Medical Negligence

London Spire Healthcare hospital admits failings led to death of patient who died of sepsis following surgery

Nafisa Khan and her daughter in 2010

Matthew Gascoyne

Team Leader & Senior Associate Solicitor

4 min read time

A London-based Spire Healthcare hospital has admitted its failings led to the death of a patient who developed sepsis following surgery.

Nafisa Khan, a 58-year-old mother-of-five from Ilford, east London, underwent a planned procedure to remove her gallbladder at the Spire London East Hospital on September 4, 2021, during which she suffered a perforation to her small intestine.

The following morning she was complaining of being in pain, was sick, and had low blood oxygen levels.

Using a standard practice in which observations of a patient’s respiration rate, oxygen, blood pressure, pulse, level of consciousness or new confusion and temperature are used to assess their condition, she should have been transferred to an NHS hospital for urgent critical care.

However, this did not happen and she was instead put on intravenous antibiotics, given oxygen and placed under further observation.

Further assessments throughout the day highlighted ‘red flag warnings’ – including high lactate levels in the blood (signs of a disease or a condition being present) – before a decision was made to transfer her to an NHS hospital.

This was almost 12 hours after the initial assessments had suggested she was in need of critical care.

Mrs Khan was admitted to the Queen’s Hospital in Romford later that evening, where she was diagnosed with sepsis secondary to perforation of her small intestine and underwent surgery to repair this.

Unfortunately, her condition was so poor that she developed multi-organ dysfunction and died after suffering two cardiac arrests the following day.

Her cause of death was recorded as multi-organ failure, resulting from sepsis following acute pancreatitis and hypertension.


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Legal case alleged highlighted failure to transfer to critical care

The woman’s family instructed medical negligence specialists Hudgell Solicitors, who alleged the hospital had breached its duty of care in failing to ensure Mrs Khan received timely critical care.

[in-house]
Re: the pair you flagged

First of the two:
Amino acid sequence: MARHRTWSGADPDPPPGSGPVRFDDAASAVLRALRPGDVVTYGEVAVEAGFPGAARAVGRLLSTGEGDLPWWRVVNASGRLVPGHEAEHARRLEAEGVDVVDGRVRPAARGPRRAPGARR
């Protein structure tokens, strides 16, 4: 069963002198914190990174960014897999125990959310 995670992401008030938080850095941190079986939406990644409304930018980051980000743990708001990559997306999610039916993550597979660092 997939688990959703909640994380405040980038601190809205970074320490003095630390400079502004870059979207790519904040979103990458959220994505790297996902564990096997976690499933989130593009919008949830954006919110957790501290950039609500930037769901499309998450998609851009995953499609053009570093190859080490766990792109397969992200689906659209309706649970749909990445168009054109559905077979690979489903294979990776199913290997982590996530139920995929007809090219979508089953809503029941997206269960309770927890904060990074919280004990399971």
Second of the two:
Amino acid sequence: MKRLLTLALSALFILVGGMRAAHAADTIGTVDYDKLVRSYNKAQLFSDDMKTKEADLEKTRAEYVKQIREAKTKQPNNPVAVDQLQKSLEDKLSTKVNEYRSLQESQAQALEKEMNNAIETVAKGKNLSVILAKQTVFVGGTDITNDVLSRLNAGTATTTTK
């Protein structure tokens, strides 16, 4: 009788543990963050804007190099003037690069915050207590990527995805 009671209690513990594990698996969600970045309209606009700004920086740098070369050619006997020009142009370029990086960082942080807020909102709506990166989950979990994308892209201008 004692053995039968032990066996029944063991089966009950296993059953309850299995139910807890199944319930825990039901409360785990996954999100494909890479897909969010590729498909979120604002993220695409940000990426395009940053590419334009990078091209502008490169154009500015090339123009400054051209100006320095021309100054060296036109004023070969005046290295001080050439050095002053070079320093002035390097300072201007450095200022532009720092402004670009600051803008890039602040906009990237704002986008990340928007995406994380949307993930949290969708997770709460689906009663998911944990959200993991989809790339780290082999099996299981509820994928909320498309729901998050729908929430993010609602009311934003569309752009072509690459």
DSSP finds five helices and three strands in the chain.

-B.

They said this should have happened at around 8 am on the day after her operation, as her NEWS2 score – the scoring system used across healthcare – had reached seven by 8 am, a level at which sepsis should automatically be considered, and should have led to an urgent critical care admission.

That transfer did not happen until 9.50 pm, and she did not arrive at the hospital until 10.50 pm.

Solicitor Matthew Gascoyne, of Hudgell Solicitors, said:

There was a clear failure to act appropriately when, following her operation, Mrs Khan’s condition rapidly deteriorated.

Observations were taken and there were clear red flag warning symptoms which pointed to her being acutely unwell and in need of specialist critical care.

It was accepted by the Spire Hospital as part of the case that, had appropriate care been provided at that time, she would likely recovered from the injury she suffered from surgery and survived.

Whilst that admission has been important for her family, it has been equally devastating to know she should still be here with them today. Her death has had a crushing impact on them, with the same feeling of loss today as they felt two-and-half years ago, as she was the heart of their family.

‘Without her, we have stopped living’

Mrs Khan’s husband, Imran, said:

Nafisa was very much the centre of our family and the person who made sure that the family and our home ran smoothly.

Her focus was on caring for me and our children, making sure that we had a nice home to live in and that we were looked after and comfortable. She lived for her family and we lived for her.

Without her, we have stopped living as a family and, instead, are simply existing as individuals sharing space.

With Spire Healthcare having admitted breach of its duty of care, legal parties are now to agree a damages settlement for her family which will include compensation for loss of financial dependency and services, love and affection, and bereavement.

The case is to be featured on a BBC Panorama documentary tonight, ‘NHS Patients Going Private…What Are The Risks?’ on BBC 1 at 8 pm.

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